An overview of decision-making models
Decision making means the process of selecting the best choices among various options. Every person has to make many decisions on a daily basis, and the decisions range from simple ones such as what to eat, where to go out for fun, to more complicated and important decisions such as which university to attend, or which major to study. These decisions tend to be personal and only affect one individual at a time. For a top-level manager of a big company, decision making is another story because his decision can influence hundreds of other employees' lives, and can even change the course of a company. Each manager employs a different decision-making model to evaluate their choices and reach the final decision. However, regardless of the models managers choose, there exist inherent decision-making traps that if they do not recognize and learn to deal with them, they will suffer from choosing the wrong course of actions which can lead to problematic consequences.
Rational decision-making model
The classic decision-making model is the rational decision-making model which consists of 8 steps that decision makers need to take to achieve the optimal decision given their goals and constraints. In order to come up with an appropriate decision, they should establish a list of criteria used to evaluate their choices. By adopting this model, the decision-makers have the opportunities to contemplate on what are the things that matter the most in their situation and select the choices that best reflect their standards. However, the problem of this model is the fact that people do not always know what they want or have enough information about the available alternatives, and usually, people end up just making a "good enough" or a safe-bet decision.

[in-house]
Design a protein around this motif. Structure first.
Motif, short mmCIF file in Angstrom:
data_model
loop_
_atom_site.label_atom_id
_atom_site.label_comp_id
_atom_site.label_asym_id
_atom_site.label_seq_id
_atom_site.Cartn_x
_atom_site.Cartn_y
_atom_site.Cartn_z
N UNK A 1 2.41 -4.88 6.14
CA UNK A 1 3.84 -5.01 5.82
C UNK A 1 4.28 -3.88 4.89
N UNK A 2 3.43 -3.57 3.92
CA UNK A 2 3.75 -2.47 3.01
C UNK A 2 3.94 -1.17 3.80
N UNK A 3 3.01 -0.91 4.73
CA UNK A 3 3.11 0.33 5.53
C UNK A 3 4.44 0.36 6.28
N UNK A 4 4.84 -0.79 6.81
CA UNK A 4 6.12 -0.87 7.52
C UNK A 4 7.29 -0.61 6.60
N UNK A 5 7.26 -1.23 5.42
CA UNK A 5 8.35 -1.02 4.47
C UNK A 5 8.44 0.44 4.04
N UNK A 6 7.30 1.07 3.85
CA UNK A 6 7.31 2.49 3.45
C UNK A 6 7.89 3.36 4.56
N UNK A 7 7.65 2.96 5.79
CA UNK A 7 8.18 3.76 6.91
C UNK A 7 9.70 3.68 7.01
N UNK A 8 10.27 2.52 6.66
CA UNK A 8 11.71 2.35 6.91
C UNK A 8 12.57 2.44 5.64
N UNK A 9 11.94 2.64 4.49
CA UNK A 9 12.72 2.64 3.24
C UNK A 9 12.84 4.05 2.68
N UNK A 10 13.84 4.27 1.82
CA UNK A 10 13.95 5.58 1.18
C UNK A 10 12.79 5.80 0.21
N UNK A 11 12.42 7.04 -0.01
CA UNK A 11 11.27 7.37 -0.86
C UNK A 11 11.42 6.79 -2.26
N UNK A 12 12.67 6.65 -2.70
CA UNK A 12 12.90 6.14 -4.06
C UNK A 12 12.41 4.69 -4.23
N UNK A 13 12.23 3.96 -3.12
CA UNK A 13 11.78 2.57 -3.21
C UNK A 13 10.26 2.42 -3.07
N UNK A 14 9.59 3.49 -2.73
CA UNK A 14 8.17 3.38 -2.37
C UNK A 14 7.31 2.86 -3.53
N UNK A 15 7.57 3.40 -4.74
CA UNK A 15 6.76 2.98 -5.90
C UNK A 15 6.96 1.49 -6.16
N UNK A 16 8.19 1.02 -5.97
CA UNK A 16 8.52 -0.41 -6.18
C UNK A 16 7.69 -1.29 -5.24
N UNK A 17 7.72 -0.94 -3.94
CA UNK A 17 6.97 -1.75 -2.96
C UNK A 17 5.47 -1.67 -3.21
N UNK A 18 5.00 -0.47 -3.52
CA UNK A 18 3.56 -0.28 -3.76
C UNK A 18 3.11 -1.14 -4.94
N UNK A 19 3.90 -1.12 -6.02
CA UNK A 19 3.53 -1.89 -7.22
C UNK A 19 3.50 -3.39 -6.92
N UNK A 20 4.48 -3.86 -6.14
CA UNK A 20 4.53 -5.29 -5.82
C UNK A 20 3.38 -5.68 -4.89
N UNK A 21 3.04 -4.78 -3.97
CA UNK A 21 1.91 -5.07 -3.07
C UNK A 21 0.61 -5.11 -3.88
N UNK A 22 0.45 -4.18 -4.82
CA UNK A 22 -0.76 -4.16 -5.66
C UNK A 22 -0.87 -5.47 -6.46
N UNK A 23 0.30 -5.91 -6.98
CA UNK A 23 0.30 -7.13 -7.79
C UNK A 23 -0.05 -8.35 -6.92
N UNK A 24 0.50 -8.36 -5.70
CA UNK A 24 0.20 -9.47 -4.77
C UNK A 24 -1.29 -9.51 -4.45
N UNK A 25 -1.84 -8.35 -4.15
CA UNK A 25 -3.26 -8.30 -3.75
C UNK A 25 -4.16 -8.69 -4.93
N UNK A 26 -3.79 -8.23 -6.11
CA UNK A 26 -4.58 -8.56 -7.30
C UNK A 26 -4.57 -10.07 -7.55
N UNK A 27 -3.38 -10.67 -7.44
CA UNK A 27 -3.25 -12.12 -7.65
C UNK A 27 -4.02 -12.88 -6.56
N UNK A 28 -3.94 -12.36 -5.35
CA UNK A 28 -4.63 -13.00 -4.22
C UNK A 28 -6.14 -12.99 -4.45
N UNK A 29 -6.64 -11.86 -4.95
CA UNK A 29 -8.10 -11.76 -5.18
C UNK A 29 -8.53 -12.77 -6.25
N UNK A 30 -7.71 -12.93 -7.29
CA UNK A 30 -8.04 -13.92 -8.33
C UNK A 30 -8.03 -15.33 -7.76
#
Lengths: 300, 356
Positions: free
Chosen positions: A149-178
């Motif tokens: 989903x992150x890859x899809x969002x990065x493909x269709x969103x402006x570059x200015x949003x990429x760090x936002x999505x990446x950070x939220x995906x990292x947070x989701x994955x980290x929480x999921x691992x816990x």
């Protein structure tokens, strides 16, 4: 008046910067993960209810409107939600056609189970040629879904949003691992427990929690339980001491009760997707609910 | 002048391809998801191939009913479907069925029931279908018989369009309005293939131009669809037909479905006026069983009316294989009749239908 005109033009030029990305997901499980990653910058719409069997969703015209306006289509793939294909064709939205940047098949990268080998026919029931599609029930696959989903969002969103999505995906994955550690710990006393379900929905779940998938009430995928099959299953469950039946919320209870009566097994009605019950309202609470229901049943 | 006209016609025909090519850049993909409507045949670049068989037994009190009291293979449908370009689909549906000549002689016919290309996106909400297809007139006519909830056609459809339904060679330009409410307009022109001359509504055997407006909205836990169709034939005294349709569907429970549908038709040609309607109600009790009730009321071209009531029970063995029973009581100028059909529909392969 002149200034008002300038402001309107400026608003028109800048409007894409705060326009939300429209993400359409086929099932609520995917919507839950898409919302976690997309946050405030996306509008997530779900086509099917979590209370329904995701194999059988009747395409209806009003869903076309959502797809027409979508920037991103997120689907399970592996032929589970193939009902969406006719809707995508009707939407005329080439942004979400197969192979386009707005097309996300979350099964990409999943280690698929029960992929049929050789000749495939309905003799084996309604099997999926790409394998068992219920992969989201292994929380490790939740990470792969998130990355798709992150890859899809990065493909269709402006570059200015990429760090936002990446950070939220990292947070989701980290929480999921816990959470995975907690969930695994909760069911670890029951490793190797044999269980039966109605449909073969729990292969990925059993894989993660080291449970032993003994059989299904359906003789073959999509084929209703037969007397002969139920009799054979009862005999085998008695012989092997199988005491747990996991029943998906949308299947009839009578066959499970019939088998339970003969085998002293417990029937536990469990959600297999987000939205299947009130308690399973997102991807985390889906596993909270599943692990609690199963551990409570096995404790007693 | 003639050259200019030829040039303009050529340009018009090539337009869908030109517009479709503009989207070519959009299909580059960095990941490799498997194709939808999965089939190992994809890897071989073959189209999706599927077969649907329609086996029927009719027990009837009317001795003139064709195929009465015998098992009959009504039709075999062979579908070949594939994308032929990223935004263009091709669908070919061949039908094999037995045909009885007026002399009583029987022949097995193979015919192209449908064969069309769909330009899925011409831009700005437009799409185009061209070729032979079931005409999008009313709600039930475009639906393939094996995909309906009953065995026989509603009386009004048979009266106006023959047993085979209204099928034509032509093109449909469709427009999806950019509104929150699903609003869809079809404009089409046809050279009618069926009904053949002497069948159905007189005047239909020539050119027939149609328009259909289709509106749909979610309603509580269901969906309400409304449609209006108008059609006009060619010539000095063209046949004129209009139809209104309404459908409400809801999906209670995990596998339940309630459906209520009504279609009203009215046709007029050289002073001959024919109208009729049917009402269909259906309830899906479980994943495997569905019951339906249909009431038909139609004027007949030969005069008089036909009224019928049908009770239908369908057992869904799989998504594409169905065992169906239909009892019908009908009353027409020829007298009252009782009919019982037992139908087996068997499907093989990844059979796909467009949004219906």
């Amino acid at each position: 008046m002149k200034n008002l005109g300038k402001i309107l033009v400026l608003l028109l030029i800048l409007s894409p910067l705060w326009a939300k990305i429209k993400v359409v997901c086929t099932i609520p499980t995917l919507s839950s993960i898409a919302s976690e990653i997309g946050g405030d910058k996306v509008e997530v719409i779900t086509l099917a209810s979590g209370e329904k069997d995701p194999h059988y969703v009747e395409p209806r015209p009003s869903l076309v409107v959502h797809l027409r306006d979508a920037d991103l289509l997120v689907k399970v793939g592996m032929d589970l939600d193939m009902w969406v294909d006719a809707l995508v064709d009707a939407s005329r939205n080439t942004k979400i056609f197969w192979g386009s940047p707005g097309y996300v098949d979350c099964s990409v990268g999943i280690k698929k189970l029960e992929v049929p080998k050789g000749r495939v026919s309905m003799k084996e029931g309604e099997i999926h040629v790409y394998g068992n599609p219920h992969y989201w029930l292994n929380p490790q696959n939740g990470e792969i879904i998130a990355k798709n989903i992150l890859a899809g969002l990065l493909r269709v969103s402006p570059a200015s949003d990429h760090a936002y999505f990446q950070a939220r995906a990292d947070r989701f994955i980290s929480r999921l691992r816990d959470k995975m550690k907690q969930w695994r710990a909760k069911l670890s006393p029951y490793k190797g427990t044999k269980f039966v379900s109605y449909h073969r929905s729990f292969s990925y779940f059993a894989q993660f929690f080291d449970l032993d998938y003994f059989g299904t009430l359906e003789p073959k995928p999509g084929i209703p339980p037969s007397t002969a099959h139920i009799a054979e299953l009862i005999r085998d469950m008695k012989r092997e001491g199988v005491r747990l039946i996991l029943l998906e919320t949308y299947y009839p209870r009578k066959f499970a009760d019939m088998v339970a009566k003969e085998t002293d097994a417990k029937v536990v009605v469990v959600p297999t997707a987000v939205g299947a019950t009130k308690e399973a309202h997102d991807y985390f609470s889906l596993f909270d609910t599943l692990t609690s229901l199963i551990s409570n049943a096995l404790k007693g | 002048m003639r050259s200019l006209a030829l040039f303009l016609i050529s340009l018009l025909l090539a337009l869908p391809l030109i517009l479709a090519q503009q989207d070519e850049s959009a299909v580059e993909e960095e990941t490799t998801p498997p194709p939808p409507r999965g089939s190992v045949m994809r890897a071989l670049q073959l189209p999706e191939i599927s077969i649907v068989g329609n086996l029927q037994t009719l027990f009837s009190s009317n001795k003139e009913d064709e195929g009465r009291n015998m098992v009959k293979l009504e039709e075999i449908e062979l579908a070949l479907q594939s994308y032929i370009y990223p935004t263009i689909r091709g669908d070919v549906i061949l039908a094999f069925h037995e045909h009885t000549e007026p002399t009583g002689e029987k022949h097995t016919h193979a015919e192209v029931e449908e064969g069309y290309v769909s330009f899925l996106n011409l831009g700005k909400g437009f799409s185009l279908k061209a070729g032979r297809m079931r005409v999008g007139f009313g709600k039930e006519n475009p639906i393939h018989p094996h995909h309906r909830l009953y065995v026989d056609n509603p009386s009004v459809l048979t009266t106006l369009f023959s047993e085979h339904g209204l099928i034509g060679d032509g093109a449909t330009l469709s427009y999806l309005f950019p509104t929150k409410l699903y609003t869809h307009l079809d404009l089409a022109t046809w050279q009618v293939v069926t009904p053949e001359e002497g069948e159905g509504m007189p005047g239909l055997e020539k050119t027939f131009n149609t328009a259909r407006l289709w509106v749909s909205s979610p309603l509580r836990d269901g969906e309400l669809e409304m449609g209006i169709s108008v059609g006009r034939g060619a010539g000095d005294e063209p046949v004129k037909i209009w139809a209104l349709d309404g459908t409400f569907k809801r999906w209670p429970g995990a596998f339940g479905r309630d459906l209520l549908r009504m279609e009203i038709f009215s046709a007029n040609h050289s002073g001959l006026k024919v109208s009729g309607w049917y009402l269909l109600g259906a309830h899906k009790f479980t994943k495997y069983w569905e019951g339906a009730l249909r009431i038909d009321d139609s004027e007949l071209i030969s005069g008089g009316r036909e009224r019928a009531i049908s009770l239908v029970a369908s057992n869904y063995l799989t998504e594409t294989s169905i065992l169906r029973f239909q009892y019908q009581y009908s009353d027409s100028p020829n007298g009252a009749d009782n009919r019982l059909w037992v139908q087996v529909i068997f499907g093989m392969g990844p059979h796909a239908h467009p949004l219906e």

Intuitive decision-making model
The second decision-making model which is utilized frequently by experts and experienced managers is the intuitive decision-making model. At first, this model appears to be based solely on gut feelings, but closer examination reveals that it is in fact a very sophisticated process in which the manager applies their intuition in many ways. First, they intuitively detect a potential problem and use their intuition to investigate its patterns. In this case, intuition means their painstaking years of experience, expertise, education background, insider information and other valuable resources unknown to an average employee. Intuition also helps them to integrate pieces of isolated data, facts and figures to a complete picture of the whole problem. If there is more than one possible solution to the problem, the manager will use their intuition as a check point to eliminate anti-intuitive decision and go with their gut feelings. One distinctive feature of this decision making model is that acting is a part of the process of defining and analyzing the problems. Managers usually “know” what to do first before they can explain the justification for their actions, and they use the results from their action to further their understanding about the problems.